Matt
    Battle Plan (n) - a list of things that aren't going to happen if you are attacked.
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  13. #13
    Member Array FLSquirrelHunter's Avatar
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    again, welcome!

    I can add little to the good advice above, except that a digital camera might be helpful in dealing with theft of property.

    Here's a cliche, tailored for your G19: "My insurance protects my property; my Glock protects my family."

    Also, if you are new to handguns, PLEASE go to Wal-Mart and buy the cheapest ammo you can, then go to the range and shoot it, slowly, carefully, until every shot you make at 3 yards is exactly where you aim, then 5 yards, then 7 yards. Then take it home, unload it, clean it, and while still unloaded, practice drawing, getting a sight picture, and (dry) firing, cycling the slide, and repeat until it becomes very comfortable and easy to get a good sight picture. And keep us posted. Then when your license arrives, you'll be more ready to carry on the nacho run.
    Last edited by FLSquirrelHunter; April 15th, 2008 at 08:28 AM. Reason: added request for practice

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    VIP Member Array David in FL's Avatar
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    Quote Originally Posted by MattLarson View Post

    If I might make a suggestion, there is one vital piece of equipment that every single person who owns a gun in Florida should have.

    Florida Firearms by Jon Gutmacher. (ORLANDO CRIMINAL DEFENSE ATTORNEY | AGGRAVATED BATTERY DEFENSE LAWYER JON H. GUTMACHER, Esq.)

    Mr. Gutmacher is an attorney in the Orlando area. I've met him (at a gun show), and he really gets this stuff. His book is excellent, and it breaks down the Florida laws in a clear manner.

    On pages 248-250, he discusses warning shots - and how one could land someone in prison.

    Matt
    +1. Get Jon's book. You should have also been given a copy of the statutes in your CCW class. Learn them. You'll note that the first responsibility required of a CCW holder in FL is to be familiar with the applicable laws as they relate to CC and to the use of force.

    Welcome and congratulations on taking the necessary steps to keep you, and yours safe!

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    Quote Originally Posted by NKMG19 View Post
    If someone was stealing my car that was parked outside on the driveway or stealing anything on my property, what would be the best way to handle this?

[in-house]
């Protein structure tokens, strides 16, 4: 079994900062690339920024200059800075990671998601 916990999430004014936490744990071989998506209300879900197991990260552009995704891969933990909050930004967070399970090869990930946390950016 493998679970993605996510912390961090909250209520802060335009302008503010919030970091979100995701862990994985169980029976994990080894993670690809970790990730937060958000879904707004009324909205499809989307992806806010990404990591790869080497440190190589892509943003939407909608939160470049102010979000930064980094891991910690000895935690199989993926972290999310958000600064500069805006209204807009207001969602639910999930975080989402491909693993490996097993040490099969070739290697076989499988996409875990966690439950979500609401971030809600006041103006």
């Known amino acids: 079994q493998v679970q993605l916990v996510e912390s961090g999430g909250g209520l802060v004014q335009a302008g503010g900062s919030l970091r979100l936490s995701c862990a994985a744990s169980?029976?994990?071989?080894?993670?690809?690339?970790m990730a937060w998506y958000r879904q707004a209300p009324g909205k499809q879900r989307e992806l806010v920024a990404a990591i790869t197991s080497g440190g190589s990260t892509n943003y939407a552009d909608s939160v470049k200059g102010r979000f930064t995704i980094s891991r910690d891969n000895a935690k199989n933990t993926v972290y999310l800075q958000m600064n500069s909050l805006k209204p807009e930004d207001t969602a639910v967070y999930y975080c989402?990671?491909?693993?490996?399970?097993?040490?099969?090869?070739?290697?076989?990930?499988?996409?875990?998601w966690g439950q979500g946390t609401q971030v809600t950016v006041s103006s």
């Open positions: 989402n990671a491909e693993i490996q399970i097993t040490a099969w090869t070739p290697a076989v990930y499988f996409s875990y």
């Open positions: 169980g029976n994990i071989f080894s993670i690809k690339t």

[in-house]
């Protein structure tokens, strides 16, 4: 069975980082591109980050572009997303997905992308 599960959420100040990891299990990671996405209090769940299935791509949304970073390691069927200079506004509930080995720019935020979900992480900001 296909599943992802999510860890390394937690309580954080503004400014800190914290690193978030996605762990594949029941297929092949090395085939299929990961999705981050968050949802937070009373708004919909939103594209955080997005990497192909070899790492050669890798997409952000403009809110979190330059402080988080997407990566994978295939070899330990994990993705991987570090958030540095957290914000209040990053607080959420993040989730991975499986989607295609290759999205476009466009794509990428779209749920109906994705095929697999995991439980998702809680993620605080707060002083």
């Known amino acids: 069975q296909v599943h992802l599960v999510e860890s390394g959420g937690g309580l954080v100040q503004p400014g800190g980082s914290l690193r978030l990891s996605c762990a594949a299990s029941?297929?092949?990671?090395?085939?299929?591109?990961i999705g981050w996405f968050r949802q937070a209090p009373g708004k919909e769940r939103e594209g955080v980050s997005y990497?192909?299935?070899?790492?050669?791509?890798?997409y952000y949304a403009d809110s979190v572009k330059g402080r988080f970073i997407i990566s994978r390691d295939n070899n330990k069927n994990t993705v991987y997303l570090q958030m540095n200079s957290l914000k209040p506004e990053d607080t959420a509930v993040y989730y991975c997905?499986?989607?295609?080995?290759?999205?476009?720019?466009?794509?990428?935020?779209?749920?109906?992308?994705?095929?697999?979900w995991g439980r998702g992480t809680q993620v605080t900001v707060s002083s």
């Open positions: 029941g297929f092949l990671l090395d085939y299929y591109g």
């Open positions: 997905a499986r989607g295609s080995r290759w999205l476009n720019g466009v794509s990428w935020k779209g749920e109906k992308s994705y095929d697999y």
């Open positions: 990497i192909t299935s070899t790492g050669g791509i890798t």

Good advice given, above. Basically, it comes down to this: prosecutors and juries are fairly open to the idea that when faced with a person crime you took the steps needed to defend yourself, but folks are decidedly less humorous about dramatic steps of escalation or non-person crimes stopped violently. As well, you need to decide whether it's worth losing your life over insured items.

    Now, I'm all for defending your property. But except for Texas and a few other places, you're likely to be strung up by your toenails for doing so in such a manner that results in the death of the intruder. Sad, but true.

    If a 10yr old were futzing around with the mail at your mailbox at 12noon, you'd have no qualms about heading towards the mailbox and demanding to know what the fool was doing. Me, too. Well, some stranger piddling around with your car in your own driveway isn't all that different, except that the fool isn't 10yrs old, is possibly armed, and is highly likely to turn on you and attack. Who's to say? You're equally reasonable in your actions to demand both thieves stop what they're doing. The mere happenstance that one is 10yrs old and the other ~25 is irrelevant. If the car thief then turns on you in violent attack, you're fully justified in defending against (not the car, but) the attack. Though, all the questions will soon begin about the options you had and suggestions about "your escalation" of the situation. Again, your state's laws may vary (ie, in Texas), but basically this is the score.

    A good rule of thumb when the exact limits aren't fully known: Ability, Opportunity, Jeopardy. This focuses on your defense against violent person-crimes directed at you or another. It requires three critical elements be present. It can generally be justified no matter where you live.

    A good book to acquire, if you haven't already is: In The Gravest Extreme, by Massad Ayoob. It covers most questions about the risks and responsibility of carrying and using a firearm for defensive use.

    It may be helpful to review your questions with an attorney competent in these areas.
    Your best weapon is your brain. Don't leave home without it.
    Thoughts: Justifiable self defense (A.O.J.).
    Explain: How does disarming victims reduce the number of victims?
    Reason over Force: The Gun is Civilization (Marko Kloos).